I grew up with two Grandmas, one Grandpa, one Mamaw, and one Baachan (and a whole slew of Aunties and Uncles that were both related and unrelated, but that's a whole other post). I knew that "Grandma" and "Grandpa" weren't their real names, but understood they were family titles that they'd given themselves.
As a little girl, I read books with grandmas and grandpas in them. I saw movies about grandmas and grandpas. My friends would go and visit their grandmas and grandpas. It was a common family title, and I accepted the fact that because everyone had them they were considered a family tree standard. But I didn't know of anyone else that had a Mamaw or Baachan, so I honestly thought those were their first names and not nicknames.
Both my Mamaw and my Baachan were my great-grandparents, so I don't know when or who selected these nicknames to be their official grandma titles, but they stuck!
The title that grandparents and great-grandparents choose forms not only a connection between generations but also a connection between cultures.
The title that grandparents and great-grandparents choose forms not only a connection between generations but also a connection between cultures. Can you picture the cultural backgrounds of my Mamaw and Baachan based just on their names?
Mamaw lived in the hill country of Tennessee, I remember visiting her and her pet poodle (Groucho) where she fed us hearty servings of scrambled eggs for breakfast. I'm sure there was other food on our plates, but she made fantastic scrambled eggs! She had white poofy hair and a heavy southern drawl that might make her sound like a sweet old lady, but she slept with a hammer under her pillow in true Mamaw style.
Baachan means grandma in Japanese. My Baachan didn't speak any English and I don't speak any Japanese, so our interaction was more observation. I wish we could have communicated, but that doesn't mean she was a phantom figure in my childhood. One vivid memory I have is of us at a family gathering. Kids were running everywhere which is normal for our family get-togethers, and Baachan was kneeling properly on the floor of the family room smoothing out the fringes on an area rug so they were all straight. She loved her great-grandbabies and would light up when they smiled or laughed with her.
These names for my great-grandmas suited them so well that I can't imagine calling either of them anything else.
Think about your own families. What are/were the names that you used to address your grandparents and great-grandparents?
Choosing nicknames for your parents (Grandmas + Grandpas + More)
Choosing a nickname/title for your kids to address your parents/grandparents is a big decision! The best place to start is to ask them what name they want to be used. They've dreamed about grandchildren before you even got pregnant, so they've probably given a lot of thought about their grandma/grandpa name.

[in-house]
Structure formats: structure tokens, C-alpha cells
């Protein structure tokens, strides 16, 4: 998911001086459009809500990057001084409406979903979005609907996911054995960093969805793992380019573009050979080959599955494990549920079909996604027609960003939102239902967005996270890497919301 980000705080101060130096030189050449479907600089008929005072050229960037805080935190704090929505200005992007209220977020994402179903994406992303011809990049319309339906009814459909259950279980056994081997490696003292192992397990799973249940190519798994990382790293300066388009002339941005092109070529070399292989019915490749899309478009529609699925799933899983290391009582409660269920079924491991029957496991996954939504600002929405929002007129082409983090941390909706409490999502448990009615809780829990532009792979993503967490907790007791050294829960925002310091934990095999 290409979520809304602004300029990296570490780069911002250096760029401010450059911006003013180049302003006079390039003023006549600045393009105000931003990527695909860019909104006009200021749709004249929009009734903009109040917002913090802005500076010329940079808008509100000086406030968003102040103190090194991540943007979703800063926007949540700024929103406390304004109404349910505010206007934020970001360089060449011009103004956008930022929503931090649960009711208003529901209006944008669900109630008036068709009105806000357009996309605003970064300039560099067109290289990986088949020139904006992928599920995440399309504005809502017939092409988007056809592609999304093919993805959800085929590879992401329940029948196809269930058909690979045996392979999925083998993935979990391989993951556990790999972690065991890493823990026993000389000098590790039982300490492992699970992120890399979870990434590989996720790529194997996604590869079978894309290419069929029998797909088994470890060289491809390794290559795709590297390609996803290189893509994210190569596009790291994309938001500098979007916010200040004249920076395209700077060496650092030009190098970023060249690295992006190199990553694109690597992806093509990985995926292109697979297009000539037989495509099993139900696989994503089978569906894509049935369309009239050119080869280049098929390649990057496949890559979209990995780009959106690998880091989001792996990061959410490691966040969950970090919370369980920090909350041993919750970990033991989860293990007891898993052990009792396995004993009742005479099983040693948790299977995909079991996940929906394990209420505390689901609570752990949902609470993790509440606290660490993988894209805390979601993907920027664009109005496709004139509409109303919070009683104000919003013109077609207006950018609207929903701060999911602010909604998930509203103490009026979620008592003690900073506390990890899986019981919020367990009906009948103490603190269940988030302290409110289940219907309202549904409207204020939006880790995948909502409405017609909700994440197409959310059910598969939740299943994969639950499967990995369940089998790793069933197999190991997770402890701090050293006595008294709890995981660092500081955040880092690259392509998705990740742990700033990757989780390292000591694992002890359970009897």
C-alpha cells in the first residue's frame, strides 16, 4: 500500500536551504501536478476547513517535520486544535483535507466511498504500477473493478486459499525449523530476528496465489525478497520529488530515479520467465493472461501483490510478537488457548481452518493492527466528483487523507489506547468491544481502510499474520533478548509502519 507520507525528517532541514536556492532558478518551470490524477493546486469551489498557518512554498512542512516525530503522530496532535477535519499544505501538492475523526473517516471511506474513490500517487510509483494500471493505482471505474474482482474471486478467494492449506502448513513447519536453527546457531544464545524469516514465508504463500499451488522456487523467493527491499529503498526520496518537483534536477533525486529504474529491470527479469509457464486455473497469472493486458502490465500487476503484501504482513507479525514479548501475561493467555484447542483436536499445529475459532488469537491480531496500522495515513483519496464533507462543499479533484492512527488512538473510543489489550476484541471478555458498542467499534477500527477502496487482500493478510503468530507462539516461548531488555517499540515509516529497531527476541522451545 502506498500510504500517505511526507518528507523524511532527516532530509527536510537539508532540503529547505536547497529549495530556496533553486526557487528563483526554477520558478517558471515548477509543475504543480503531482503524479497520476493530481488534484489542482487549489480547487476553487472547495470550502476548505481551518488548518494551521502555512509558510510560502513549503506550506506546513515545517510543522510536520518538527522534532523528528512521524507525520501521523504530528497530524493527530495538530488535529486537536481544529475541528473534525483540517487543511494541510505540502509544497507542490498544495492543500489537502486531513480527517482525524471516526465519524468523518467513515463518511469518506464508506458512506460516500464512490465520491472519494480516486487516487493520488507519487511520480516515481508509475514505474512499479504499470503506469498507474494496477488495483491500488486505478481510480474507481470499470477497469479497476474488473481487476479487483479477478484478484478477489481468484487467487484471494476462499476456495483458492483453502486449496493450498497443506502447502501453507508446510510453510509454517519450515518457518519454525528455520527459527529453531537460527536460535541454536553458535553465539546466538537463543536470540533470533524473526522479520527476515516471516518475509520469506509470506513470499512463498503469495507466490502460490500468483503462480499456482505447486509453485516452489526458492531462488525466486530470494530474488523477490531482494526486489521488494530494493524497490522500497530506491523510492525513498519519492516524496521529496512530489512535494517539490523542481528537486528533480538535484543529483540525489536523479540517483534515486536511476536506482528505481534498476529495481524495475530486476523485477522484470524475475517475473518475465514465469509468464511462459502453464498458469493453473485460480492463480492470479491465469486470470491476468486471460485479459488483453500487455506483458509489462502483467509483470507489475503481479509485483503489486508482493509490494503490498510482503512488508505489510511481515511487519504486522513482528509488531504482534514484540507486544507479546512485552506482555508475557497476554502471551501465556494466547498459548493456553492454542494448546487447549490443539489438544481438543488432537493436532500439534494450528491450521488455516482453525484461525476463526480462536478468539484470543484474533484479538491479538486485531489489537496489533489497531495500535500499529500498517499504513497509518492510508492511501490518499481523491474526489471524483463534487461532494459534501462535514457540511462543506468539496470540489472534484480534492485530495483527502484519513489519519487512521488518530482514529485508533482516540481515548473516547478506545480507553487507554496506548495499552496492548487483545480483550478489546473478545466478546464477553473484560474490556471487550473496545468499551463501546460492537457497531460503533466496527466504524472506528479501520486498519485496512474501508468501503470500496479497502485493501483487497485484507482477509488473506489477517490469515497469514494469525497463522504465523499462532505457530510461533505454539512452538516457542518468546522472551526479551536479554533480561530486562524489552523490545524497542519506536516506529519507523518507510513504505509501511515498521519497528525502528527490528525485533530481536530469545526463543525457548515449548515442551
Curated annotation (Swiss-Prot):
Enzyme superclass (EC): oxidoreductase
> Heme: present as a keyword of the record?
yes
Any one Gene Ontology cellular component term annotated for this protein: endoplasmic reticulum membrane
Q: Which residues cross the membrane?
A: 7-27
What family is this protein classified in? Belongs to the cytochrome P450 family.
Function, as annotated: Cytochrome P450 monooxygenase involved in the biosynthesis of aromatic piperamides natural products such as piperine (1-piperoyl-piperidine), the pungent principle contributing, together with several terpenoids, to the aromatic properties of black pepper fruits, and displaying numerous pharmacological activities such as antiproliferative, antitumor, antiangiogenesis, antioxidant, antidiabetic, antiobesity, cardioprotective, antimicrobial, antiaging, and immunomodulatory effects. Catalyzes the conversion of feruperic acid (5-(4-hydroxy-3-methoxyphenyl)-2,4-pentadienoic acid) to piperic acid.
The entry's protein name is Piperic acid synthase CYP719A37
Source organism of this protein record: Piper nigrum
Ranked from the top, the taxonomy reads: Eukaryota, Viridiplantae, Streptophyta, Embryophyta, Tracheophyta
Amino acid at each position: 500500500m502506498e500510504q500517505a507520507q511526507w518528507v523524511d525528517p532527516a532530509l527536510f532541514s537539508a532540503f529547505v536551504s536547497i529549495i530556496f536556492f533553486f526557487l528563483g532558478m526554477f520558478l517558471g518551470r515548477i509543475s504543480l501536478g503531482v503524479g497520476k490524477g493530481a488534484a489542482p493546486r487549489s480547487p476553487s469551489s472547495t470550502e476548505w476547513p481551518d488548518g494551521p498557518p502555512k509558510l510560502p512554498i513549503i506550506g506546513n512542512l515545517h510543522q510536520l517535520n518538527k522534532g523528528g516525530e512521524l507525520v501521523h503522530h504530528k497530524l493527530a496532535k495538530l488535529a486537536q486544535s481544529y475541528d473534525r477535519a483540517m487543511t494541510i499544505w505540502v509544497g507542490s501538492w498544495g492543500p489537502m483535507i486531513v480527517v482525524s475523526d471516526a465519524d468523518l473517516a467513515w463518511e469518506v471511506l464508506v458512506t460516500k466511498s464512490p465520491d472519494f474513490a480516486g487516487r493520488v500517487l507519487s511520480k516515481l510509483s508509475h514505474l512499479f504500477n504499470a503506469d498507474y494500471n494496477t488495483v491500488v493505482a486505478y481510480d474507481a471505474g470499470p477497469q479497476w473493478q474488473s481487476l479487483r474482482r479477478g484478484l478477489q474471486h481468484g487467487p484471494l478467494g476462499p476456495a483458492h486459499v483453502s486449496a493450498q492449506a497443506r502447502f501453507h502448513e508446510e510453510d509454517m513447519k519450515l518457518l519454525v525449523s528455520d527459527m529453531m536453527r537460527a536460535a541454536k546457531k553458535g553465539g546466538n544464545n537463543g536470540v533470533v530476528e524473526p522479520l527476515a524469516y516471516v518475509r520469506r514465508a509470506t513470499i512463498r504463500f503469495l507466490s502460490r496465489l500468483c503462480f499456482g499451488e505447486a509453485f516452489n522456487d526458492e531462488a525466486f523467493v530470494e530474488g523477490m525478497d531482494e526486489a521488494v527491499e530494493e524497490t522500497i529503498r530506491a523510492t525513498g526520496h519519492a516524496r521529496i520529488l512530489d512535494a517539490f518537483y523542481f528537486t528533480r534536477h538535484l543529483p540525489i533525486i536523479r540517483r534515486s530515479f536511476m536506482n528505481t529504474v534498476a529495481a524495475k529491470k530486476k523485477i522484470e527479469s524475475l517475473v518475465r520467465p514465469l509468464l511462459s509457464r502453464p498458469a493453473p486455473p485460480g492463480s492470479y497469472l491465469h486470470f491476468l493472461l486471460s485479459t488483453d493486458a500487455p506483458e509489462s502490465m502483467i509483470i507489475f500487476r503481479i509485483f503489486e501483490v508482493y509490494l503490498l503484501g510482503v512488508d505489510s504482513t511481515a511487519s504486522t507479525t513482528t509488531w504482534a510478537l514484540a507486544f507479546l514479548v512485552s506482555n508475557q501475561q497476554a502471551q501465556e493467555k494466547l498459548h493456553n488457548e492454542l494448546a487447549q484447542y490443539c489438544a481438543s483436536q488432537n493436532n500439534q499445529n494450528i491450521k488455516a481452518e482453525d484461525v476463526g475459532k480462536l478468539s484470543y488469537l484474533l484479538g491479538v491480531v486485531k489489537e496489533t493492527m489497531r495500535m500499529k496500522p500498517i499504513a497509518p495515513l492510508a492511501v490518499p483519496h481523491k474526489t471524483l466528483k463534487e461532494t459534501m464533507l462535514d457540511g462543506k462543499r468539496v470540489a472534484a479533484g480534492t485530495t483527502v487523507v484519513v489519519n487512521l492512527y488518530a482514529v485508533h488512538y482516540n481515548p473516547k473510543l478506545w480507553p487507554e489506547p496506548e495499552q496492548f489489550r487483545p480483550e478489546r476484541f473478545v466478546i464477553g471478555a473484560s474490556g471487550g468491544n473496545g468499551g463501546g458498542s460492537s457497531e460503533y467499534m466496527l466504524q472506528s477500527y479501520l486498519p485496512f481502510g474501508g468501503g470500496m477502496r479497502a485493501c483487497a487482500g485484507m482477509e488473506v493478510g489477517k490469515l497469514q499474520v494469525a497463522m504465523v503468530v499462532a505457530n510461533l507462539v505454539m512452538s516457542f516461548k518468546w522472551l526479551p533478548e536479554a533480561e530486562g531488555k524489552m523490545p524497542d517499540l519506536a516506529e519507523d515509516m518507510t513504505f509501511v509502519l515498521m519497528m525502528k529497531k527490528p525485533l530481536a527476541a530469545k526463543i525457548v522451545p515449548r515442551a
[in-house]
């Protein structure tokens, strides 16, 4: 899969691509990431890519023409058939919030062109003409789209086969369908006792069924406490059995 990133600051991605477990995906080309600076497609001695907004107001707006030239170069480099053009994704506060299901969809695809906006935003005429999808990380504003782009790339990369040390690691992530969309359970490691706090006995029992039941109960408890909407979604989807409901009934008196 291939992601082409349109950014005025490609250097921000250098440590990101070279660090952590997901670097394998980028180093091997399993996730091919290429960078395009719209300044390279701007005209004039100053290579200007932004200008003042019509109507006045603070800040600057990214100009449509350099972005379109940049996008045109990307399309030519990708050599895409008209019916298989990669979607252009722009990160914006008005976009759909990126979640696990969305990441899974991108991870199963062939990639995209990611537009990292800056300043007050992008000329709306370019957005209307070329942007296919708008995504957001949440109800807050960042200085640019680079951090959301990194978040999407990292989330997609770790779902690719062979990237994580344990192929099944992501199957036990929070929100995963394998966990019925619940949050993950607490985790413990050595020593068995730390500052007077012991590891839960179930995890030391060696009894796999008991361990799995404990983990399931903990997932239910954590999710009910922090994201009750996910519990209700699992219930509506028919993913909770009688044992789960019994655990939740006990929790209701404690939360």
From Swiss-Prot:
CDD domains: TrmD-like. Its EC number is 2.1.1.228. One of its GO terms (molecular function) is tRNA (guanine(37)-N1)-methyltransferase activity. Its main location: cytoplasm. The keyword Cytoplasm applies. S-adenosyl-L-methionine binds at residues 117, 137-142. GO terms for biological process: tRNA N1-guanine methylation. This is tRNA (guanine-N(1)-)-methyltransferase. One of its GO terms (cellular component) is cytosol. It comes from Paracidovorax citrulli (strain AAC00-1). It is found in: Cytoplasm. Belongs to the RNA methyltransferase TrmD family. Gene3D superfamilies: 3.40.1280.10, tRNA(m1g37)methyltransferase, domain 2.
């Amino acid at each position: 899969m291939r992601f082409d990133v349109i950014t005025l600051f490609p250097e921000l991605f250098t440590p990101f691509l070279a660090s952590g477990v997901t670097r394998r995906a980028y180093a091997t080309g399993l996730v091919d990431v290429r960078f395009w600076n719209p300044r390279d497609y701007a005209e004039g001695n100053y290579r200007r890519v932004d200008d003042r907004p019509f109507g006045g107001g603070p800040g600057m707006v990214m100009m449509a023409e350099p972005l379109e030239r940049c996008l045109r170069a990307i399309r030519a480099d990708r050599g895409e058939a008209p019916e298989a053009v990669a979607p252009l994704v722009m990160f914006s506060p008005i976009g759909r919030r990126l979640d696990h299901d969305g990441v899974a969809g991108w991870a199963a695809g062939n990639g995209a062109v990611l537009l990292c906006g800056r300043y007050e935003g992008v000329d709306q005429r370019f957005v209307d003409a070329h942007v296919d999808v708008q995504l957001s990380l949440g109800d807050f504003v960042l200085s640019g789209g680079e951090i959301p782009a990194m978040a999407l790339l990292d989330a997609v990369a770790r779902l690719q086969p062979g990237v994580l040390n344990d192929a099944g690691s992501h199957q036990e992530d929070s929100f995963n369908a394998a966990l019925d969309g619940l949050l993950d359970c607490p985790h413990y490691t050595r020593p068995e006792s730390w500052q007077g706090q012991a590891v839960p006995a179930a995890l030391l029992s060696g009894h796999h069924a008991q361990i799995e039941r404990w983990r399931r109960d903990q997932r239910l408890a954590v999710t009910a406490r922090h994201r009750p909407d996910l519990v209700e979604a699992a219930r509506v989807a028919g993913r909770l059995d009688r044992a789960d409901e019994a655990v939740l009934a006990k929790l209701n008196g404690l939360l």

If they don't have a preference, still include them in the decision process. No one wants to be assigned a name they don't like.
Another thing to remember is to choose your parents' titles before your kids can talk to avoid confusing their toddler brains. My mom learned this the hard way when she decided she wanted to go by the name Sobo which means grandmother in Japanese. It's a great cultural connection, but she decided to go by the nickname after my third nephew was born.
At a family reunion, my nephew was asking, "Where's Sobo? Can Sobo sit by me?" and my niece who was about six at the time asked, "Who's Sobo?" It still takes a second for the older nieces and nephews to realize that when people are talking about "Sobo" they're talking about "Grandma."
To help choose your parents' grandma/grandpa nickname here are a few things to think about:
What terms from your culture refer to grandparents or family elders?
What is the literal translation for grandma/grandpa in your native language?
What are terms of endearment in your culture?
What are terms of respect in your culture?
What personal spin to a cultural standard can you use?
How can you add personality to the nickname?
Can you shorten or lengthen a common form of grandma/grandpa?
If your child can't say the selected nickname, how do they pronounce or shorten it? Use that instead!
How will you differentiate sets of grandparents within your family?
Will your kids have multiple "grandmas" & "grandpas", or will each side of the family have unique names?
Will you combine a title with your parents' birthname or surname?
And while I have such distinct memories of my great-grandmas, I wish the same for my girls. They have a Gaga & a Papa, a Lolli & a Pops, and a Sobo & a Grandpa Mike. Unique names for each set of grandparents, and great memories with each of them!